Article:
Friday, March 03, 2006
I wanna bus ticket!
To try and flatten the differences, GMPTE, like other PTE bodies have their own tickets available for the public to buy. Except here, the PTE has distanced itself from dealing with most tickets, and left it to it's subsidary "System One Travel Cards" and it's their name that appears on the buses, not GMPTE. Other areas seem to have been able to handle a multitude of operators better than here, but I digress.
As a bus user, if I want a bus season ticket to cover me on any bus anywhere in the area I need what's called a Bus Saver. It costs 47 pounds for a month, no that's changed, 28 days, and it's a pretty good deal. I use multiple operators, so it's far better value than getting an individual bus company's equivalent ticket.
I used to be able to walk up to my post office, show my "Club" photo ID card, and say to the nice person behind the desk: "A monthly bus saver please" and hand over 47 quid and get a nice bit of cardboard in exchange. Or, I could walk to one of the travelshops (GMPTE bus information / sales place at most of the big bus stations,) and do the same. Not as convenient as my local post office, as I don't live next to the bus station - otherwise I wouldn't need the bus!
Sounds easy and straightforward, and it was. It worked well. There's a lot of post offices in the area, and I never had any trouble getting a bus saver from any of the ones I tried. However there's been a bit of meddling, and since Feb 17th, one now has to use a PayPoint outlet. The Post Office isn't a PayPoint outlet, but my corner shop (which is nearer) is.
So a couple of weeks ago, it was time to get a new bus saver. I popped out to the post office to get a new one, to be told that I needed to go to a pay point outlet.
I went home, then out to the pay point but left the ID card at home. They could issue the ticket but needed the card number to put on the machine. They didn't know what I was asking for at first, but after a little bit of searching, to their credit, they did find it and we did agree on what I needed. There was no talk about needing anything other than the photo card, and I duly left empty handed.
I renewed the card at the new city centre bus station that dosen't serve all the routes that take in Manchester city centre, Shudehill. (That'll be the subject of another post.)
They punched the details into a yellow PayPoint machine, and in exchange for my 13.50 (a week's ticket this time,) I got a bit of flimsy paper stuck in a blue sticky-back plastic wallet type thing. Something my corner shop didn't have.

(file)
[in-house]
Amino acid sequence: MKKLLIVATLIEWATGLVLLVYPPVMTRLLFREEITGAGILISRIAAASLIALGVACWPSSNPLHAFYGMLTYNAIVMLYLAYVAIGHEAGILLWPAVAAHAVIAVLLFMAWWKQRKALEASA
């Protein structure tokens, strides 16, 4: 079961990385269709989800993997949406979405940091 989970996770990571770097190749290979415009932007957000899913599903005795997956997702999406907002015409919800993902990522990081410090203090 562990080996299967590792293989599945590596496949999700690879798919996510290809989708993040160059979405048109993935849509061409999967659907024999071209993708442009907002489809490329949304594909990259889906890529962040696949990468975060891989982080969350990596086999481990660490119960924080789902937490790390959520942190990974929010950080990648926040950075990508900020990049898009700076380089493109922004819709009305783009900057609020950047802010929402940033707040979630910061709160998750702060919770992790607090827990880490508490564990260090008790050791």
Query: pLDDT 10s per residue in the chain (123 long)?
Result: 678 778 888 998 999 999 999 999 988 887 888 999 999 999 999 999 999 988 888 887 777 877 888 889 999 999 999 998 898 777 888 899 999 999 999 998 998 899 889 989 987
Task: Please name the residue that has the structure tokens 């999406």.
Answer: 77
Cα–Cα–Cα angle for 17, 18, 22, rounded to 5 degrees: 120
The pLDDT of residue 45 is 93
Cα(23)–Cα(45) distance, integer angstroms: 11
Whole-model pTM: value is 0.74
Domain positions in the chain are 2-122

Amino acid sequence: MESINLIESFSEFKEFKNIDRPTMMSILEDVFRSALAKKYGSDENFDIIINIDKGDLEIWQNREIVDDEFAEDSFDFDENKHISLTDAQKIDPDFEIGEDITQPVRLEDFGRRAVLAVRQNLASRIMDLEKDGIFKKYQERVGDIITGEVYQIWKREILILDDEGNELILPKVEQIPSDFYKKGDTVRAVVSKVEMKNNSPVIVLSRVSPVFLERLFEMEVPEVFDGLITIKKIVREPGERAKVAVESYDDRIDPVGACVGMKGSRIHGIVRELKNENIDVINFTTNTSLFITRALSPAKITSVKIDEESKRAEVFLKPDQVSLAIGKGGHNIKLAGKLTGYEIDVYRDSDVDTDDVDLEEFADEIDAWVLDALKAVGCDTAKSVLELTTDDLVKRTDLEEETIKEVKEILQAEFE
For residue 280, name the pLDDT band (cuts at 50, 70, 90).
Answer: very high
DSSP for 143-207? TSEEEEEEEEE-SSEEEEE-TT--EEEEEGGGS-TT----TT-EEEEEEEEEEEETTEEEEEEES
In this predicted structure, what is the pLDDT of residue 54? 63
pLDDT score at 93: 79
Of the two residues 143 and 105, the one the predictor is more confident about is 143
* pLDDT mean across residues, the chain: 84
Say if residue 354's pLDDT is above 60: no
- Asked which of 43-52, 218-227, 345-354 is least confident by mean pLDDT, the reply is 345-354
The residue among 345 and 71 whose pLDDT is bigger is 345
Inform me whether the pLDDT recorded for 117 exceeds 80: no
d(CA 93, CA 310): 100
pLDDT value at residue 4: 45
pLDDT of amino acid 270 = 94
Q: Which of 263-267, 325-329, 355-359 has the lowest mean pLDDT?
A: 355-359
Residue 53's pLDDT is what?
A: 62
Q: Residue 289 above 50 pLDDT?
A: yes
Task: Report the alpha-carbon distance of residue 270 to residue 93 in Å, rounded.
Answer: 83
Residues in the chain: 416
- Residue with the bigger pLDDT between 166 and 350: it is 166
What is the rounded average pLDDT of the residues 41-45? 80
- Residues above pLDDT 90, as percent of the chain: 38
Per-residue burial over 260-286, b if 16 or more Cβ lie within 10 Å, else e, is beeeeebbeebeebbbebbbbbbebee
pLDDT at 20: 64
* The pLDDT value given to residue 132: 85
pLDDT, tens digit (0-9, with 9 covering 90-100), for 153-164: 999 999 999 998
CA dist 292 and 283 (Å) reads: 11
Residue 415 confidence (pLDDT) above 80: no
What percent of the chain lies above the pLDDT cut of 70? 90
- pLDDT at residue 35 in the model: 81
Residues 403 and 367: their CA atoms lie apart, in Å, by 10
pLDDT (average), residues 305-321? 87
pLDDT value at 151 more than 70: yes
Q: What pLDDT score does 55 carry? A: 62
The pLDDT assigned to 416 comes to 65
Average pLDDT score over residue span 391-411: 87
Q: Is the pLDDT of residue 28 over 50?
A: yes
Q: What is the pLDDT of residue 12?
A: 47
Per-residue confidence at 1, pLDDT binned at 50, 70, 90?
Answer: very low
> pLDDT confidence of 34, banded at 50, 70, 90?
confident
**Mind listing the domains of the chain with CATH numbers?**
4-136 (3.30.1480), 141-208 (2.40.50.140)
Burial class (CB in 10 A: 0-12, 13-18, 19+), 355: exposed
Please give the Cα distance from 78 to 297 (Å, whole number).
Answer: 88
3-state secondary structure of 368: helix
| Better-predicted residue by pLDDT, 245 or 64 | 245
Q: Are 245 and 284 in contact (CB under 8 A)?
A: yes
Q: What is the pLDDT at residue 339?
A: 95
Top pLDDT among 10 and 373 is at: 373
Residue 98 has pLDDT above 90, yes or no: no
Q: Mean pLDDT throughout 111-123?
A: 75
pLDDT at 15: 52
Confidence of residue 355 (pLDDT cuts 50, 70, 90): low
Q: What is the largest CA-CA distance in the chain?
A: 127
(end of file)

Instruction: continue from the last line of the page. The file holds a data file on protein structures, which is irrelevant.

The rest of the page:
So I asked my corner shop if they had any of the wallets for the bus tickets (and I showed them mine.) They asked if that was what I had asked for, and said that they didn't have the blue wallet. Why did I need one? The wallets have a bit of wavy luminous orange on them, probably to show the bus driver the bit of flimsy paper hasn't been fiddled with.
I took the bus to the famous Bury market (that's any bus from home that goes to the Shudehill and a 135 from Urbis) and popped into the travelshop on the way back. I explained my problem and asked if I really needed the blue wallet type thing. "Yes" was the response. Could I have a couple of the blue wallet type things so I could buy my ticket from the corner shop? "No" Can my corner shop sell the bus savers? "Is it a paypoint?" "Yes," say I. "Yes, they can sell you one." "So can I have a couple of those blue wallet type things so they can put the ticket in there when I buy one from them?" I plead. "No, and they shouldn't be selling them if they haven't got the blue wallets." was the response.
Back at home, I checked the GMPTE and System One websites. While they're very pleased to say that I can use one of 600 paypoints in the area to get a bus saver, there's nothing about the blue wallet type things being needed.
How many people are getting caught out by this?
I wasn't for getting caught out. I tried (in vain) to see if the post office had any excess monthly tickets left over, but they all had to go back, so I was forced to use a travelshop. It looked like half of Manchester had the same problem, as the queue was out of the door at the Piccadilly Gardens one.
I think the queue was a common thing, as signs were up saying that you could beat the queue by walking over to Shudehill and getting one there, with directions. I can admit that Shudehill's very, very quiet (probably because the buses people use don't go there,) but who is really going to walk across the city centre, buy what they want then walk all of the way back?
Paypoints more convenient? Don't make me laugh.